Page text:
Tuesday, May 18, 2010

Probabilistic Safety Analysis and Management Conference, PSAM-10

The 10th International Probabilistic Safety Analysis and Management Conference (PSAM10), organized by the International Association for Probabilistic Safety Assessment and Management (IAPSAM), begins in Seattle next month (June 7-11, 2010). The conference will deal with probabilistic safety analysis and risk assessment in a number of industrial settings, including aviation, maritime and space, as well as civil engineering applications such as water treatment facilities - but will have a particular focus on the nuclear industry. The conference is sponsored in part by Scandpower Risk Management, a major nuclear risk consultancy and division of the Lloyd's Register group.

The Plenary Speaker in the nuclear track will be Dr. George Apostolakis, the MIT Professor and nuclear PSA expert who joined the US Nuclear Regulatory Commission as a Commissioner last month. Dr. Apostolakis has done pioneering work on licensing issues and probabilistic safety analysis of gas cooled and fast reactors that is of particular relevance to the US Next Generation Nuclear Plant project. His group has also contributed a paper at PSAM10 on how the computational burden in estimating failure probabilities in a passive thermal-hydraulic system may be reduced using artificial neural networks (ANNs) and Quadratic Response Surface Models (that I find to be of particular interest, given my own past background in using similar techniques).

The Apostolakis group also has another contributed paper on a new class of importance measures for PSAs which they call the limit exceedance factor (LEF)- defined as the factor by which the failure probability of a given component in a nuclear plant must be multiplied so that it results in an end-state probability (such as the core damage frequency CDF) exceeding a specified limit, for example, 1E-6. This is shown to be particularly relevant in the technology neutral framework (TNF) for assessing reactors that the NRC has developed - where, rather than specific design basis events (DBEs) being considered, a set of licensing basis events (LBEs) is considered instead, whose frequency and dose must satisfy certain limits. This paper is particularly of interest, since it applies the methodology to sodium-cooled reactors, which are of interest both in the SMR and Gen-IV contexts.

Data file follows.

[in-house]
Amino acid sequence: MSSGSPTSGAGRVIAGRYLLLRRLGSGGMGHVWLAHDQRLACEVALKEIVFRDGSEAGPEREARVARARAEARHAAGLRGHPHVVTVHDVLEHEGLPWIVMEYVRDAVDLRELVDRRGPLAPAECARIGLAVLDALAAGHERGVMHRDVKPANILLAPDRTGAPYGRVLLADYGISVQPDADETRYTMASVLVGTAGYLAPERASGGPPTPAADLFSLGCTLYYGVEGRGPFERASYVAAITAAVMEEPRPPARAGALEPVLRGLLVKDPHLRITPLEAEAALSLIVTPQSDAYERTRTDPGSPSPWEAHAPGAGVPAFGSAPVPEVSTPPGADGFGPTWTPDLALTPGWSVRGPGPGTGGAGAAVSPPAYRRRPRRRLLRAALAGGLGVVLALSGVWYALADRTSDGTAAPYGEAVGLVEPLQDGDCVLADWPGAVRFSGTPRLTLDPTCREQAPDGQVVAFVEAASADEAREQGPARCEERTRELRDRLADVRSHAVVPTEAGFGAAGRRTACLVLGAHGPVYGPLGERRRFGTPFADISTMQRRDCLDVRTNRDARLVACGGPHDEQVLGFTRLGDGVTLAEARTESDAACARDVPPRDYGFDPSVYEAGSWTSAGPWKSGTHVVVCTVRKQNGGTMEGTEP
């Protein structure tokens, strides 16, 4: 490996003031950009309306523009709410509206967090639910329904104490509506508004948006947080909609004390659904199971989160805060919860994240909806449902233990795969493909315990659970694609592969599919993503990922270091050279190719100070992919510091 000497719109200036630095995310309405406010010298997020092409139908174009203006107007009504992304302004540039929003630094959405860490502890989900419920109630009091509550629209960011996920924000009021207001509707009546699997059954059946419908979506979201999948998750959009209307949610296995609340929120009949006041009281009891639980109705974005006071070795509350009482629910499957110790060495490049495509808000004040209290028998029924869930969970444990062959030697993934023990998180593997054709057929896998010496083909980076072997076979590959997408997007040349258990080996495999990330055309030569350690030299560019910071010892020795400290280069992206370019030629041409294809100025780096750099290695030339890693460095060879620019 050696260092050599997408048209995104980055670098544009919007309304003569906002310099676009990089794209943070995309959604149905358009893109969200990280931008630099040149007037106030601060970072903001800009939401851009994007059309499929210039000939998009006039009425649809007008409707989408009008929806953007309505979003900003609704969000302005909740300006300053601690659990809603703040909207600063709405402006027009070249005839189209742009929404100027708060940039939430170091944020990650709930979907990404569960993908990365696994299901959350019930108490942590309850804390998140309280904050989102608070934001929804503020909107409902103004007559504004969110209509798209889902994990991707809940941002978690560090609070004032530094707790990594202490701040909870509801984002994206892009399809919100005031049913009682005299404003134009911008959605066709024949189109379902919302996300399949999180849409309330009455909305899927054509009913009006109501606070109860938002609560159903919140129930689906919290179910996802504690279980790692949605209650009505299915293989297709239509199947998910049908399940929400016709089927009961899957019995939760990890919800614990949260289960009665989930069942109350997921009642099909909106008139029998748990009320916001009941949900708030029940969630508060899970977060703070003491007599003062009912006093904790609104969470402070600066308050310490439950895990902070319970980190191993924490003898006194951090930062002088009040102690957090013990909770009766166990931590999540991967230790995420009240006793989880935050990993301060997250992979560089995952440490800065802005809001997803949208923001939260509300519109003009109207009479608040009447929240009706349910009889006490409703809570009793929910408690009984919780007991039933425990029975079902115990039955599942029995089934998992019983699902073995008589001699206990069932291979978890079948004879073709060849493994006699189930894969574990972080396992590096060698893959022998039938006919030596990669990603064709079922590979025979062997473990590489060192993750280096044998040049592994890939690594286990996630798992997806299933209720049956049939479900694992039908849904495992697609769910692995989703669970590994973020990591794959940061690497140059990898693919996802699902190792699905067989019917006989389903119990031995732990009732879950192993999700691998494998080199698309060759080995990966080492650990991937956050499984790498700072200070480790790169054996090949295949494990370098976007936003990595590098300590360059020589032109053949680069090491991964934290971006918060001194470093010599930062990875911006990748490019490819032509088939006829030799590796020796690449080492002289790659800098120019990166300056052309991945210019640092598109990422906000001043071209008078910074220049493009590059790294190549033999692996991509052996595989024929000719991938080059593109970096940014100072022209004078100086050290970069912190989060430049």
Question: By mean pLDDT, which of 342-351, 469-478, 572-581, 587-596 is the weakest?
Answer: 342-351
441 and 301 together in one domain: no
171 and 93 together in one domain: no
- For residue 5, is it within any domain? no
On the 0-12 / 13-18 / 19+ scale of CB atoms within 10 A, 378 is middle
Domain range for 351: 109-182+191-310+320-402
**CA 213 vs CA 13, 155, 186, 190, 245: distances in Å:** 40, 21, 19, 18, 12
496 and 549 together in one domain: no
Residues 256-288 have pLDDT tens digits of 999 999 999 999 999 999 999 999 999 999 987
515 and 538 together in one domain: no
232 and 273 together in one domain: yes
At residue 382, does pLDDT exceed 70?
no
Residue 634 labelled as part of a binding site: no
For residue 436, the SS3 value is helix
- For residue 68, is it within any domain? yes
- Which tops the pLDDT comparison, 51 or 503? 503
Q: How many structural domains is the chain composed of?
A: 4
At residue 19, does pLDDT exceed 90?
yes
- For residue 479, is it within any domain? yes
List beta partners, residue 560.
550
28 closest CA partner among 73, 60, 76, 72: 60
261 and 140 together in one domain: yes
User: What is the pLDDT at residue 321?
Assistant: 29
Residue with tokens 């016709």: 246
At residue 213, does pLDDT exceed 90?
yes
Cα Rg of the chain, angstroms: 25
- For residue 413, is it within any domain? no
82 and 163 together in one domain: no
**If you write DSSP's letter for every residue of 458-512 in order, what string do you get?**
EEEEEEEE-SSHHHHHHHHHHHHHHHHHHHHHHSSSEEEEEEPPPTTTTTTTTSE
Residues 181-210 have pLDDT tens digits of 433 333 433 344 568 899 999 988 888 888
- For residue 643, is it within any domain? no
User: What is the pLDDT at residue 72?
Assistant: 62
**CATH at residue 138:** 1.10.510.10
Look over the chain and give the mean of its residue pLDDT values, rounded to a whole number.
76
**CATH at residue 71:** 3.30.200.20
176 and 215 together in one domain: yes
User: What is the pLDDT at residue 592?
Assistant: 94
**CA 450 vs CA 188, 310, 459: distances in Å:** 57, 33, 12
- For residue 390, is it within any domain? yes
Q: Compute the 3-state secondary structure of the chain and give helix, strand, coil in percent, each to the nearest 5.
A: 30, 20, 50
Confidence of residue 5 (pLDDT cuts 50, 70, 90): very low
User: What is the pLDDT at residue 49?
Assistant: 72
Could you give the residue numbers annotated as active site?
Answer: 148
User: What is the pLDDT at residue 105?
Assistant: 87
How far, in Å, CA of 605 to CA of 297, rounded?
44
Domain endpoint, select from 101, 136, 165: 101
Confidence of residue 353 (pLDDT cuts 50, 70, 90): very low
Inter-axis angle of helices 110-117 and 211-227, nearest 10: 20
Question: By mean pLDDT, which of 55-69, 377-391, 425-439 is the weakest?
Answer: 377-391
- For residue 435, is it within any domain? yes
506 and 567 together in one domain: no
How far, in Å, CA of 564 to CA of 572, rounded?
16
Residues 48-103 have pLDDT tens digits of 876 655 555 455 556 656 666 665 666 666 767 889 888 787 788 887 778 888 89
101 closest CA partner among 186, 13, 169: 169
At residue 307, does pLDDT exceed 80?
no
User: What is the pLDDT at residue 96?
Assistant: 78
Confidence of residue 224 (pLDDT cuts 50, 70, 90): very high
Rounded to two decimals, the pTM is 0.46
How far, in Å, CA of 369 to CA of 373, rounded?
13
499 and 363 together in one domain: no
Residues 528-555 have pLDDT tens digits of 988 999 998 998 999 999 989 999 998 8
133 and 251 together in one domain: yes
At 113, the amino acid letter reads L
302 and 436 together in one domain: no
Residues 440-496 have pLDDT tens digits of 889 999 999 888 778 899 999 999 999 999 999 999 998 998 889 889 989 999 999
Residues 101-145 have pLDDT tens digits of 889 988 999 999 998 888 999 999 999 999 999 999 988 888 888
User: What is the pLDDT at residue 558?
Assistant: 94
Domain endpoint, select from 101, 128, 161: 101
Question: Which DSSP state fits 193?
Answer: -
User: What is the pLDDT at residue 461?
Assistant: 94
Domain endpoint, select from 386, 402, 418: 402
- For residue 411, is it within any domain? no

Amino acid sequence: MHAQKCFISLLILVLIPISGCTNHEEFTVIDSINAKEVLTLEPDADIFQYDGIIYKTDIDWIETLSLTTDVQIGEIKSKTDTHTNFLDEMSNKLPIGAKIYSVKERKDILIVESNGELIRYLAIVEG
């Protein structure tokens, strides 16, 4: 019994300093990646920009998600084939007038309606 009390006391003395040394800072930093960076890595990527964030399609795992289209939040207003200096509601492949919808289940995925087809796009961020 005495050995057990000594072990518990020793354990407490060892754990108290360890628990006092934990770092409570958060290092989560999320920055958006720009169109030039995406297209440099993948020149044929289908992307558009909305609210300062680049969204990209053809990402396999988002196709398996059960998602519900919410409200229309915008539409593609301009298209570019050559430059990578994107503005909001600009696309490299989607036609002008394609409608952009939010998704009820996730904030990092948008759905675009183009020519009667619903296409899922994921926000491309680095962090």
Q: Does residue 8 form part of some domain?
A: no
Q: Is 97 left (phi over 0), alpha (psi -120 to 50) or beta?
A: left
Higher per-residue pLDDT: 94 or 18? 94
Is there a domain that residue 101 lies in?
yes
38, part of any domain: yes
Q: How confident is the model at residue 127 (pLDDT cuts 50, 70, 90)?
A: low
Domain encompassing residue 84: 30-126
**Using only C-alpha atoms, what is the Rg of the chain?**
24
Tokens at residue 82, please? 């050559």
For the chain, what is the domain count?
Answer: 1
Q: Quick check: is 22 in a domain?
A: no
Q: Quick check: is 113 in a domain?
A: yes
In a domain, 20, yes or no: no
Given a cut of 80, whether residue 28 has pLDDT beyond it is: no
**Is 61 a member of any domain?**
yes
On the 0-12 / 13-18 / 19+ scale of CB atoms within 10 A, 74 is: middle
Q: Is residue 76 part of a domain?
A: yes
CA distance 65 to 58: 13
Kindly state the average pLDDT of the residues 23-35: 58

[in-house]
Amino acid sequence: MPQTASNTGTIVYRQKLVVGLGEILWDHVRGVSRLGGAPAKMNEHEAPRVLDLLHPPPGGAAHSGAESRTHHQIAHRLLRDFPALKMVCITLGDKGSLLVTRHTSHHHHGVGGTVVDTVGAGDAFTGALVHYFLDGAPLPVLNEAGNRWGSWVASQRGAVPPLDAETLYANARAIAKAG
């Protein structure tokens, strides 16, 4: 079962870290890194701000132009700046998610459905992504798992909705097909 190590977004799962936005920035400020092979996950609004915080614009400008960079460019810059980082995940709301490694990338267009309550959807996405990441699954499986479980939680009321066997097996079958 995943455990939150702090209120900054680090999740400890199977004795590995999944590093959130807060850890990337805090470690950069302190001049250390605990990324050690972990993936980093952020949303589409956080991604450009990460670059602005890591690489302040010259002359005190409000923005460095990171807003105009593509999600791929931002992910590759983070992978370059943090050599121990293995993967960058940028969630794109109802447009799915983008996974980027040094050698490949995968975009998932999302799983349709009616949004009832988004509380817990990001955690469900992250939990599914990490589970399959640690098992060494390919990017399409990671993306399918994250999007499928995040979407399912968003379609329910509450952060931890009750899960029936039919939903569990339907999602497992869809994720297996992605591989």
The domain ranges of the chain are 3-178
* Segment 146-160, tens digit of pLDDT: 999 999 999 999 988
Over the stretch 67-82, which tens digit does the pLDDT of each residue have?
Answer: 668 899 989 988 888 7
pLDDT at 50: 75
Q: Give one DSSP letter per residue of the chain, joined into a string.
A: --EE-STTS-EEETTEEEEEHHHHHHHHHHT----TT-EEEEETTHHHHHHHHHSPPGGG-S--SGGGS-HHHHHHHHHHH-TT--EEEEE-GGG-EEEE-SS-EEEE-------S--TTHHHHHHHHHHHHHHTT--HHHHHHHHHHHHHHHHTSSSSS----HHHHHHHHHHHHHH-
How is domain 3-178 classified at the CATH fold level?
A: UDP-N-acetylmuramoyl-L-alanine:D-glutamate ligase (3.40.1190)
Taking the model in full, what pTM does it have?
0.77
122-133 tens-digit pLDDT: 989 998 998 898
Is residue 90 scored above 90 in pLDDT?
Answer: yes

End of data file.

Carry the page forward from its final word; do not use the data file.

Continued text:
There are several other contributed papers from the US NRC, of which a paper on the Standardized Plant Assessment Risk (SPAR) model, developed for the NRC by the Idaho National Laboratory (INL) detailing its application to the AP1000 Reactor, and planned extensions to the ABWR, ESBWR, US-EPR and US-ABWR reactor designs is of particular interest to me, and there are also papers from INL on other aspects of SPAR development.

Dr. Philippe Hessel of the Canadian Nuclear Safety Commission (CNSC) will present a paper on the methodology used by the CNSC staff to carry out safety assessments of reactor licensing submissions which contain both probabilistic and deterministic arguments.

A paper on preliminary design-phase Probabilistic Risk Assessment of The NuScale Reactor, a modular, scalable 45 MWe Light Water Reactor (SMR) - is also of great interest, given the current excitement in small and modular reactors. Of the many other interesting papers, there are also papers on risk analysis of a Mars base and another on risk analysis for a crewed Mars mission - from a group based at NASA Moffett Field.

In the session on Ageing Management of Nuclear Power Plants - a paper on a new class of PRA risk measures that are able to (i) overcome the limitation imposed by the current inability to use dynamic failure rate data on component failure rates, and (ii) the limitation arising from not including passive components in the PRA - by a group from the Pacific Northwest National Laboratory - seemed very interesting, because these risk measures are claimed to enable better plant ageing management, and also help prioritize directions in materials degradation research.

In addition to all these, the conference will also cover a multitude of risk analysis areas such as those in seismic or hurricane hazards, fire hazard, the hazard from lightning events (especially critical for electrical power distribution grids); as well as other energy sectors such as risk assessment for geological sequestration (both of spent nuclear fuel and carbon dioxide) as well as for the use of hydrogen as a fuel in transportation applications, and miscellaneous nuclear and non-nuclear applications in medicine.

What is remarkable about the meeting is that it brings together practitioners of Probabilistic Safety Analysis and Risk Management from a variety of disciplines, while retaining a strong emphasis on nuclear-related PSA applications, with the potential for the different application domains of PSA to cross-fertilize, as well as being an opportunity for the practitioners from each discipline to learn from each other.